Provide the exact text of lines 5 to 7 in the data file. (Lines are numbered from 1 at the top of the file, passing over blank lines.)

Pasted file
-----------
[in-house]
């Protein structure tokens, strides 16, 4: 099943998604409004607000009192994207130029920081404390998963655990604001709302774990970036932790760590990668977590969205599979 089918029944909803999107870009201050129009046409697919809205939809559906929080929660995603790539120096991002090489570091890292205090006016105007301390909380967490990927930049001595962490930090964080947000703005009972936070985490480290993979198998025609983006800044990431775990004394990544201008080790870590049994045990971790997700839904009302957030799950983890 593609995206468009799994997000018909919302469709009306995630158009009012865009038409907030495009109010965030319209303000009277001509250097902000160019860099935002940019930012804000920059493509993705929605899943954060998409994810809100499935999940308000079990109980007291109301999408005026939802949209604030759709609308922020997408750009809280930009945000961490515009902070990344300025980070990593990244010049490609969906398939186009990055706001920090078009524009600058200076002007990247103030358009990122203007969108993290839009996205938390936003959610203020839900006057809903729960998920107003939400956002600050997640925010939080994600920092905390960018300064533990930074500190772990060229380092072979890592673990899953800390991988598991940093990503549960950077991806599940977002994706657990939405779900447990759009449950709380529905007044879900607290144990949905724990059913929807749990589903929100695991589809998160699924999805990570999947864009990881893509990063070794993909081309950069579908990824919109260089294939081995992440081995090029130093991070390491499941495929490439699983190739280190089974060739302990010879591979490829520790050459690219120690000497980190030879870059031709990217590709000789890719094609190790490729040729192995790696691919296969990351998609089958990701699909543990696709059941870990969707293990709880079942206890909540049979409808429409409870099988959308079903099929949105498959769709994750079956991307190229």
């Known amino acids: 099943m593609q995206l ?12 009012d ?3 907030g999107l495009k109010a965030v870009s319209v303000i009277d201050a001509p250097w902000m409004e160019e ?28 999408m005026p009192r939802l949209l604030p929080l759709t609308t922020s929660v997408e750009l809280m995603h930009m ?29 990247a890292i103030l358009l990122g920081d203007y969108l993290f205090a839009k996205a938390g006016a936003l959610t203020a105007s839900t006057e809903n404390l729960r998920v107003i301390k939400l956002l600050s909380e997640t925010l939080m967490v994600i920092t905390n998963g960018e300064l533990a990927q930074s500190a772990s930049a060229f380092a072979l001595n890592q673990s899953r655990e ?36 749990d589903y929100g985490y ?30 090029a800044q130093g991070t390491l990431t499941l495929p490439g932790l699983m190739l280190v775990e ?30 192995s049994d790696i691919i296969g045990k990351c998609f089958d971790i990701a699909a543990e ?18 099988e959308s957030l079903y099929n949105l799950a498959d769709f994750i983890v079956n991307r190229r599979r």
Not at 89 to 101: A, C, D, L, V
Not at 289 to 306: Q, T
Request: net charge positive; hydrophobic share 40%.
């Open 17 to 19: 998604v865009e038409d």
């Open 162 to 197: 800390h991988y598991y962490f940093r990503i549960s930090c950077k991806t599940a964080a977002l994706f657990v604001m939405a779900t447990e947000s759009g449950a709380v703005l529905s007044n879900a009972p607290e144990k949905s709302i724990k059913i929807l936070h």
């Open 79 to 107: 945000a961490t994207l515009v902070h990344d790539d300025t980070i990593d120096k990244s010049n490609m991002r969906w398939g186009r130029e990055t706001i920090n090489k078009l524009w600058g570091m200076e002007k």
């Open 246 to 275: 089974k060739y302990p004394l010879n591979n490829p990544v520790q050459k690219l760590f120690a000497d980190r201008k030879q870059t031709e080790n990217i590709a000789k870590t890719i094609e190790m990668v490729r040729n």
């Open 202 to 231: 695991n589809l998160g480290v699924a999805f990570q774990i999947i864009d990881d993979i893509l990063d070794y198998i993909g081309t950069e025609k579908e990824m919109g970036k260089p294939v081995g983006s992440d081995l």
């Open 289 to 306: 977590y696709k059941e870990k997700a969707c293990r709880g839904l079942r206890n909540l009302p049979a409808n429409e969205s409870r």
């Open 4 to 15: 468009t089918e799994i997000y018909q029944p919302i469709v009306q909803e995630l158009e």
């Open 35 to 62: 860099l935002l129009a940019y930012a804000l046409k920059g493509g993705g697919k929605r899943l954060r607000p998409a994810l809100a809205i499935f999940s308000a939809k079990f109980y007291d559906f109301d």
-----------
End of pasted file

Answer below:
Not at 289 to 306: Q, T
Request: net charge positive; hydrophobic share 40%.
């Open 17 to 19: 998604v865009e038409d």